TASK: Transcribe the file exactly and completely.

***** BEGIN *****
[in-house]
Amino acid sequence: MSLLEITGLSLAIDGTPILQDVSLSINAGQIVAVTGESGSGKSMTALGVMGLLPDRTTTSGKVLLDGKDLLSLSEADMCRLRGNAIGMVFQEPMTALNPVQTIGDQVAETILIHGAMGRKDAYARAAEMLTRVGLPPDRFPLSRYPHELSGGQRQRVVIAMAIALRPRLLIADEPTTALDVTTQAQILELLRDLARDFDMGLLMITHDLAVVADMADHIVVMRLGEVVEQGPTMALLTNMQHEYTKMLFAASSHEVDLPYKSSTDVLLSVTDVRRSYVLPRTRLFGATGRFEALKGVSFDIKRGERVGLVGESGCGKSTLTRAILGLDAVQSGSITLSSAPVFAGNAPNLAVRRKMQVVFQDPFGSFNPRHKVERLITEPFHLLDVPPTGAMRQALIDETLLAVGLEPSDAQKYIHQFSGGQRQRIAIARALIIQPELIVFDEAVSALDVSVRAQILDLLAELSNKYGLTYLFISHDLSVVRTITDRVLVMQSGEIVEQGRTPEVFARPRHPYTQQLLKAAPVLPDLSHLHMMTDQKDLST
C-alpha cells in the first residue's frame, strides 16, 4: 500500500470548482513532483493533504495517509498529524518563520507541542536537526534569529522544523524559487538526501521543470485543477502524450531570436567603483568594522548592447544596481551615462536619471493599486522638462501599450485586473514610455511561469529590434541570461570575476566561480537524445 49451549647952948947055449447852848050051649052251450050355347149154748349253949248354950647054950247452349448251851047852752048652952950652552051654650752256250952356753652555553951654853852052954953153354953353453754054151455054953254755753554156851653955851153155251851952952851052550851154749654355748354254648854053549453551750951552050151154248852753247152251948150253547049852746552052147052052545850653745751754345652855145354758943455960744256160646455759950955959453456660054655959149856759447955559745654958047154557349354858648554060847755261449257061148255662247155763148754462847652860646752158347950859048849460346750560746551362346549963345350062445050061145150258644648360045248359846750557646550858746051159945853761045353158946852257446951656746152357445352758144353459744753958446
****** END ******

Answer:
[in-house]
Amino acid sequence: MSLLEITGLSLAIDGTPILQDVSLSINAGQIVAVTGESGSGKSMTALGVMGLLPDRTTTSGKVLLDGKDLLSLSEADMCRLRGNAIGMVFQEPMTALNPVQTIGDQVAETILIHGAMGRKDAYARAAEMLTRVGLPPDRFPLSRYPHELSGGQRQRVVIAMAIALRPRLLIADEPTTALDVTTQAQILELLRDLARDFDMGLLMITHDLAVVADMADHIVVMRLGEVVEQGPTMALLTNMQHEYTKMLFAASSHEVDLPYKSSTDVLLSVTDVRRSYVLPRTRLFGATGRFEALKGVSFDIKRGERVGLVGESGCGKSTLTRAILGLDAVQSGSITLSSAPVFAGNAPNLAVRRKMQVVFQDPFGSFNPRHKVERLITEPFHLLDVPPTGAMRQALIDETLLAVGLEPSDAQKYIHQFSGGQRQRIAIARALIIQPELIVFDEAVSALDVSVRAQILDLLAELSNKYGLTYLFISHDLSVVRTITDRVLVMQSGEIVEQGRTPEVFARPRHPYTQQLLKAAPVLPDLSHLHMMTDQKDLST
C-alpha cells in the first residue's frame, strides 16, 4: 500500500470548482513532483493533504495517509498529524518563520507541542536537526534569529522544523524559487538526501521543470485543477502524450531570436567603483568594522548592447544596481551615462536619471493599486522638462501599450485586473514610455511561469529590434541570461570575476566561480537524445 49451549647952948947055449447852848050051649052251450050355347149154748349253949248354950647054950247452349448251851047852752048652952950652552051654650752256250952356753652555553951654853852052954953153354953353453754054151455054953254755753554156851653955851153155251851952952851052550851154749654355748354254648854053549453551750951552050151154248852753247152251948150253547049852746552052147052052545850653745751754345652855145354758943455960744256160646455759950955959453456660054655959149856759447955559745654958047154557349354858648554060847755261449257061148255662247155763148754462847652860646752158347950859048849460346750560746551362346549963345350062445050061145150258644648360045248359846750557646550858746051159945853761045353158946852257446951656746152357445352758144353459744753958446